Vibrent, one of NIH’s data management contractor for the All of Us genomic and other health data research project, was found by OIG to have a number of holes in its data security infrastructure and policies, ranging from failure to encrypt its AWS servers to failure to adhere to FISMA (federal IT security) standards more broadly. OIG also found that NIH fell down on the job by not monitoring its contractor more closely. Everything has been patched, but this represents a black eye for a program intended to build public confidence in government colleciton and analysis of sensitive medical and genomic data as it seeks to enroll one million Americans.
What can NIH, or any entity responsible for dealing responsibly with sensitive medical, genomic or other personal data, do to discharge its responsibilites more adequately?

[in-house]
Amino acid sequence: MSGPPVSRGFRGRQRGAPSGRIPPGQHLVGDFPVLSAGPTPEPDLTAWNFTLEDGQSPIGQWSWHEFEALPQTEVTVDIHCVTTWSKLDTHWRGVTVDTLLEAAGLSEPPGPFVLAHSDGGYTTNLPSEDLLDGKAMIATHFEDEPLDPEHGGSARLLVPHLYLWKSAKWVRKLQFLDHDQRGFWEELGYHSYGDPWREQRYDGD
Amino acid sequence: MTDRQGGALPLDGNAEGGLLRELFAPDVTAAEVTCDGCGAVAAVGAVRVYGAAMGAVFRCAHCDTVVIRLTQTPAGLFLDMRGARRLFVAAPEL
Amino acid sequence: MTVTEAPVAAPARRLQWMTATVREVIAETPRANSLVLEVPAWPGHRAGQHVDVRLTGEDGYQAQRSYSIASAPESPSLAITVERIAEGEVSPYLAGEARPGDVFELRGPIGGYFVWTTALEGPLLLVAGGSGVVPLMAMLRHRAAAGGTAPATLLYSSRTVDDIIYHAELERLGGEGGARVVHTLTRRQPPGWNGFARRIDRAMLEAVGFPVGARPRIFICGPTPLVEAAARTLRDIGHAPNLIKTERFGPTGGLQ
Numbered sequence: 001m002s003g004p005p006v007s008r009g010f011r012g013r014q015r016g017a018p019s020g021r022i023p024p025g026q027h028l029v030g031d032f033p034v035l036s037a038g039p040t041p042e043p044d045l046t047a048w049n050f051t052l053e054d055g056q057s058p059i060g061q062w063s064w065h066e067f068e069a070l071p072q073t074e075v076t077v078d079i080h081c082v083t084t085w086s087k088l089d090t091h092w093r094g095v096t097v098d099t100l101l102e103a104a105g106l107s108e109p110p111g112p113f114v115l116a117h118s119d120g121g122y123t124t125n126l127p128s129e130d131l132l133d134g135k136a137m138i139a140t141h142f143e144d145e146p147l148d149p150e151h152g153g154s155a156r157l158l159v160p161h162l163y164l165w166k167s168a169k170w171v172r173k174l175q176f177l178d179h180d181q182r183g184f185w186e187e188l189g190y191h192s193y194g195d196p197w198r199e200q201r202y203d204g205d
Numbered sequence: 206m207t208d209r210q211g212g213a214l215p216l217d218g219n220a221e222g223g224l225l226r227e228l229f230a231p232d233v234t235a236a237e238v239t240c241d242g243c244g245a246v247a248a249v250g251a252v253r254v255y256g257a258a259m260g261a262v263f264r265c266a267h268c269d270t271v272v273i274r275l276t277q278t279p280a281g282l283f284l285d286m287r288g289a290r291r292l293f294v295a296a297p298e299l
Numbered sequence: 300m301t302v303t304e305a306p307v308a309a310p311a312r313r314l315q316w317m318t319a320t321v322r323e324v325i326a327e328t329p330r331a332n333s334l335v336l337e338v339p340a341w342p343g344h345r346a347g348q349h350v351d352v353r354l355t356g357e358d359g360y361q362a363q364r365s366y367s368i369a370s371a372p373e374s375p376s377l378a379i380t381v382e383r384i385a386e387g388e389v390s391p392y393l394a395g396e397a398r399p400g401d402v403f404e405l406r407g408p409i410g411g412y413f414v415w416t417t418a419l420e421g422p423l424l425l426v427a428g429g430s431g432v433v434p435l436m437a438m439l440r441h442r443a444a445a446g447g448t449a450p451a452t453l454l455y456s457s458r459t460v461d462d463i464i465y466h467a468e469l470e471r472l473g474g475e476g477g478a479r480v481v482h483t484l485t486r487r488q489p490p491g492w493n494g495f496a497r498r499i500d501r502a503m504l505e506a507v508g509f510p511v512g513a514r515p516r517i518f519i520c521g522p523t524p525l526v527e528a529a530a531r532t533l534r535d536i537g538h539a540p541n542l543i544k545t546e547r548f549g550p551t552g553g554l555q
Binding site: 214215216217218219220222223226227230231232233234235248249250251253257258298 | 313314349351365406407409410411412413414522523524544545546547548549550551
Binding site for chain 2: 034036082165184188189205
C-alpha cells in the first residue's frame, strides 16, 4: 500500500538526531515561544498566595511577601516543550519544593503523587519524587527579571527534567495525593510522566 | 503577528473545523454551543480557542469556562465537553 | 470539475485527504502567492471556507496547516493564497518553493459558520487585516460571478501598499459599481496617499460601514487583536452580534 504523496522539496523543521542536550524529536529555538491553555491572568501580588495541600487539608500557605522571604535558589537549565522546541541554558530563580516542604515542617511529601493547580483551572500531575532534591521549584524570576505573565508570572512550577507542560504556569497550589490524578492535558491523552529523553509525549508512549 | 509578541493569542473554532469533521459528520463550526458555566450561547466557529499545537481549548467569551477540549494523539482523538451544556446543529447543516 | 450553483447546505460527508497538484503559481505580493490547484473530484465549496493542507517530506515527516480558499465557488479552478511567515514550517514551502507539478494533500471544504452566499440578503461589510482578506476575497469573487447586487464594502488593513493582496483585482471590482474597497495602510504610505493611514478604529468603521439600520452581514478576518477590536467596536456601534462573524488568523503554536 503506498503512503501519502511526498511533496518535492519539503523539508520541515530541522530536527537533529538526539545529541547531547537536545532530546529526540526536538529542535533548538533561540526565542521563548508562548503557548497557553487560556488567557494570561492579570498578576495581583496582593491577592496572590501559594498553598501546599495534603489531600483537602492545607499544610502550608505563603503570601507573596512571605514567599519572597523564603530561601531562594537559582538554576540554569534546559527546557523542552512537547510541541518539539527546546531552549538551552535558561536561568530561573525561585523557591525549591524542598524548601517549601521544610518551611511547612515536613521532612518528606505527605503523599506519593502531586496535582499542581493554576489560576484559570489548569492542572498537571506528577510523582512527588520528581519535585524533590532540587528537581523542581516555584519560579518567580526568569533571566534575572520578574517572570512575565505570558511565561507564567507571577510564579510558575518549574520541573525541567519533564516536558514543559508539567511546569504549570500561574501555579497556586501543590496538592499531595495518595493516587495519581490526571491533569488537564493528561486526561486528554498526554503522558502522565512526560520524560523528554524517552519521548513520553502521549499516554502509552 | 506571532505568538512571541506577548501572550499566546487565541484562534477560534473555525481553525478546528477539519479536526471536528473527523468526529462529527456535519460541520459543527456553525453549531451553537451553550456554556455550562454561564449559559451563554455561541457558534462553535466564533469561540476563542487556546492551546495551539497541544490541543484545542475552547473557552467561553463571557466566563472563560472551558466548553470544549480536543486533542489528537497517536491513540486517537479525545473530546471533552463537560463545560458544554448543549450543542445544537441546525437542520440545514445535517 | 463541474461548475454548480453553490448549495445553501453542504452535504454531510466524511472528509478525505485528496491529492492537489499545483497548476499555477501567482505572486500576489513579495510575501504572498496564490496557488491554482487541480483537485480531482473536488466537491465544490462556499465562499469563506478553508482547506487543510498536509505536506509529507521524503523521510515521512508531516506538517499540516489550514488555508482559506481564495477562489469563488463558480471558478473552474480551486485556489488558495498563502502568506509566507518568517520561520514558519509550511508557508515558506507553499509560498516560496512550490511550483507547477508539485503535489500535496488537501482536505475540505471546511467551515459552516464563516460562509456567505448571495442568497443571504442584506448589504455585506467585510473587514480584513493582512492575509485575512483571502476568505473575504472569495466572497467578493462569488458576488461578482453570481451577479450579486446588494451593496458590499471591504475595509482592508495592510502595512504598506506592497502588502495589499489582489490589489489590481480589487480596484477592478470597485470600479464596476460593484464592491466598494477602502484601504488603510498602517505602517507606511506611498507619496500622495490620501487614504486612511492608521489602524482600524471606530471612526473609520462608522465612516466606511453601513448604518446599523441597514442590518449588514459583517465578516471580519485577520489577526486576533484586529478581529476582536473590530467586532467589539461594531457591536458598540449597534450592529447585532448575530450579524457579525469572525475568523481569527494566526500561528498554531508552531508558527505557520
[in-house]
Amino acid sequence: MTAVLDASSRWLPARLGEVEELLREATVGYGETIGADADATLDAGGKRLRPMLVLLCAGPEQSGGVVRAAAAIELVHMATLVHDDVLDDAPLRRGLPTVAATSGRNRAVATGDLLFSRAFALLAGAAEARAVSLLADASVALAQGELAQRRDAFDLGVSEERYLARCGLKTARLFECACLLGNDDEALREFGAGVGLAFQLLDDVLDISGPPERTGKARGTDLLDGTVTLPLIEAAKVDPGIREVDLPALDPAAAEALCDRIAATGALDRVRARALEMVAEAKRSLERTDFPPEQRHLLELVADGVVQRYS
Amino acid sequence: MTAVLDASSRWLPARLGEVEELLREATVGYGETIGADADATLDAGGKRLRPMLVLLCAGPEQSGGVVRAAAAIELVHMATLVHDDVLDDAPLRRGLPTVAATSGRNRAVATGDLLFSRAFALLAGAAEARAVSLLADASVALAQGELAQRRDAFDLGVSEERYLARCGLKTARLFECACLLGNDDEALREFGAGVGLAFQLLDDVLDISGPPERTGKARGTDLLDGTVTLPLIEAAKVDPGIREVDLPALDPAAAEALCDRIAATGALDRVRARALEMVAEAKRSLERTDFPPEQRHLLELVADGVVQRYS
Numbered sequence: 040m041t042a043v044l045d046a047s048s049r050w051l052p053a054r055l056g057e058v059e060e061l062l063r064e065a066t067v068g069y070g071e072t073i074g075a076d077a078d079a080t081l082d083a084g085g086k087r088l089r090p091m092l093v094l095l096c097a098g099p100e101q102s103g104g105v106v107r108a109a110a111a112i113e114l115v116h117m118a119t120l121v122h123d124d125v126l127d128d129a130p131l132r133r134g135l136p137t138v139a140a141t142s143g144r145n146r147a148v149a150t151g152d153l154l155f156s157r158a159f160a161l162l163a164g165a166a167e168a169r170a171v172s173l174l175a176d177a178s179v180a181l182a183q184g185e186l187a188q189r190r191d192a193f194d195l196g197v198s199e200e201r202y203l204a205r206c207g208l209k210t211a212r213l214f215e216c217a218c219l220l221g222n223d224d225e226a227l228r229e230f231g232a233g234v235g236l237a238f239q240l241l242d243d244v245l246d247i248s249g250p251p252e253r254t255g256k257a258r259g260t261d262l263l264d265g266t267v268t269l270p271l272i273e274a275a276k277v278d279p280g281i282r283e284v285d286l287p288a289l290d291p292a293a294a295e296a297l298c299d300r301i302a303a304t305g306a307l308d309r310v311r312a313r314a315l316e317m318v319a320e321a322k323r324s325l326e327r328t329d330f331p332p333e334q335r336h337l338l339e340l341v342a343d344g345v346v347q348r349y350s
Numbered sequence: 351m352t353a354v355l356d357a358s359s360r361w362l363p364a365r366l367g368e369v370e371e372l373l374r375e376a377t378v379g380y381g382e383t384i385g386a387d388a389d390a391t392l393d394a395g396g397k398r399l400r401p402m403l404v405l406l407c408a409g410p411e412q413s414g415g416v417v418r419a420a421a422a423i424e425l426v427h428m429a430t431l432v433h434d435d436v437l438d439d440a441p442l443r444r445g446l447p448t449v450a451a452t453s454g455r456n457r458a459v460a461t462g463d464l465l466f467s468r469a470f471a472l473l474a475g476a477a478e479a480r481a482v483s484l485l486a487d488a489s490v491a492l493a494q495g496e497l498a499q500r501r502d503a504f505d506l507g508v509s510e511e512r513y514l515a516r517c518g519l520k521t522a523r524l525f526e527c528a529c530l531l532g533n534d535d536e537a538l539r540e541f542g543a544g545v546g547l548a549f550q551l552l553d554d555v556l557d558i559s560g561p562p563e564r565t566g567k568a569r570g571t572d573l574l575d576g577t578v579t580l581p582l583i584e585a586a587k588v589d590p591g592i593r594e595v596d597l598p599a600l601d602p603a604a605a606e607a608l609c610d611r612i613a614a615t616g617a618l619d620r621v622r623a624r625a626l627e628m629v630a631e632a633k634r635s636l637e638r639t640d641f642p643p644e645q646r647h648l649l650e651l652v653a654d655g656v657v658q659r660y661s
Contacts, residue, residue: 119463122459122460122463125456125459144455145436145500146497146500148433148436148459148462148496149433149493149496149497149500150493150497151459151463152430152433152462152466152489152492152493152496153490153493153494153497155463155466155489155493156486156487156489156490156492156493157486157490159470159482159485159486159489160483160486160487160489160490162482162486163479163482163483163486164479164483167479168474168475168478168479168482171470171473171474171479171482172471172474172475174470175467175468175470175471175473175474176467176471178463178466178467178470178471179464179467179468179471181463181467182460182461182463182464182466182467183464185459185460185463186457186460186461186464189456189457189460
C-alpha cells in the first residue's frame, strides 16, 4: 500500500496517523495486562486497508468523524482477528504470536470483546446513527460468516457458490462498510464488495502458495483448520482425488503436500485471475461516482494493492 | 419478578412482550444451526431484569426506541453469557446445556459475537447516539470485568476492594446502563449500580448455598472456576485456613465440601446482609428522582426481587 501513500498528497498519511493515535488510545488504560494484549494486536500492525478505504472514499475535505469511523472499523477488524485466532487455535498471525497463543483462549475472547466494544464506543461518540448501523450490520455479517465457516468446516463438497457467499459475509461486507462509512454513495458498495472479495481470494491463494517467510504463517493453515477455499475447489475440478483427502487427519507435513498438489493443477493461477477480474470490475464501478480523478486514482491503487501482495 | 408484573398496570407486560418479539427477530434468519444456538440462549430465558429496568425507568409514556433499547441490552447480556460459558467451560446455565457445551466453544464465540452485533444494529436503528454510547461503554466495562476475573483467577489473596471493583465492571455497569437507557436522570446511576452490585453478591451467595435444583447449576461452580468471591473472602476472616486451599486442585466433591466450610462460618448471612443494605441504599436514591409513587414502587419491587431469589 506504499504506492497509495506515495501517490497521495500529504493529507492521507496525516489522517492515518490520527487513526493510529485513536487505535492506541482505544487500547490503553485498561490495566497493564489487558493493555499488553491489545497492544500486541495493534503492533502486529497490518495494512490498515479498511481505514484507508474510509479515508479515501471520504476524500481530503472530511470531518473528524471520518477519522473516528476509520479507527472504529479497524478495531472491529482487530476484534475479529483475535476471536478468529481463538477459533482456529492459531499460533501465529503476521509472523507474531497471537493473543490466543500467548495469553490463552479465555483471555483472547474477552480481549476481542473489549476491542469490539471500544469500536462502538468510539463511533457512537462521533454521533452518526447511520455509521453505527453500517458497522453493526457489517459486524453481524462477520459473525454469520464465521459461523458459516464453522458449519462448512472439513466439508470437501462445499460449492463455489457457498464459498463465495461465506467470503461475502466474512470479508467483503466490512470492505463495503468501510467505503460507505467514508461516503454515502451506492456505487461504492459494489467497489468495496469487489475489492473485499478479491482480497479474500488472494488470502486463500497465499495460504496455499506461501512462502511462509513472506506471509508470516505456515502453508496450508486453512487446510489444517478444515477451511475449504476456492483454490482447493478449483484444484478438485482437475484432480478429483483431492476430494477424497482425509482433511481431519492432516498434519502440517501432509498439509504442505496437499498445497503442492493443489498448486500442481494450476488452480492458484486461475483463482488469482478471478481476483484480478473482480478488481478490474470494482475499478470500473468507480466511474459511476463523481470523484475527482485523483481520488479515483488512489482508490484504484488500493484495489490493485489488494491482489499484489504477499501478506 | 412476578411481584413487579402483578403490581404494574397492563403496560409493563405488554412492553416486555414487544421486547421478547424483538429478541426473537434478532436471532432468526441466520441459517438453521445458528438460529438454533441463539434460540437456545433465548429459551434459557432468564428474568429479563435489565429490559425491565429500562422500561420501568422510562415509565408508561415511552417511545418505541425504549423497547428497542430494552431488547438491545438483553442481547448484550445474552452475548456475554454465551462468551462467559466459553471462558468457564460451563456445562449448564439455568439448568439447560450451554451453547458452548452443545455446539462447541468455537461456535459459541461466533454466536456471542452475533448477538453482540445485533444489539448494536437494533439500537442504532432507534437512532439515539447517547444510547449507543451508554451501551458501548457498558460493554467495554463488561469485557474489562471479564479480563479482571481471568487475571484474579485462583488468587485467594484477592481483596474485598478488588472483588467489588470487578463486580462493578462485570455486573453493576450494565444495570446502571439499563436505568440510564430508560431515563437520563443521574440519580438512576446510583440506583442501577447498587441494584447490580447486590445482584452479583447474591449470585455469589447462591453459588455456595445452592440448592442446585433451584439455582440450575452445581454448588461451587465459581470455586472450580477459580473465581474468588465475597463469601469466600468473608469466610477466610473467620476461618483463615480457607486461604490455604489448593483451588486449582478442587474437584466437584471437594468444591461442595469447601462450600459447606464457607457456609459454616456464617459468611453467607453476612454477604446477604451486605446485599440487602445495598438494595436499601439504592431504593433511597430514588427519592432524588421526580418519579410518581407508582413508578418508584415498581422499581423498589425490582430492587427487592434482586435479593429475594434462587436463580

As regular readers of HealthBlawg are already rehearsing silently, it’s all about infusing a compliance mindset into organizational culture. This, combined with practical tools and empowerment of personnel, will then manifest itself in comprehensive data privacy and security policies and procedures, function-specific appropriate training and testing of personnel, compliance review of subcontractor organizations, personnel and technical infrastructure in advance of engagement, regular audits of subcontractors’ activities and deliverables from a data security perspective, and more. Many of these ideas are spelled out in the federal standards applicable to this procurement, but somehow they didn’t make it to the front lines.
The All of Us program has taken long enough to get off the ground, and is taking baby steps towards its enrollment goals. Here’s hoping that this misstep does not squander the momentum the program has built to date.
This article was originally published on HealthBlawg and is republished here with permission.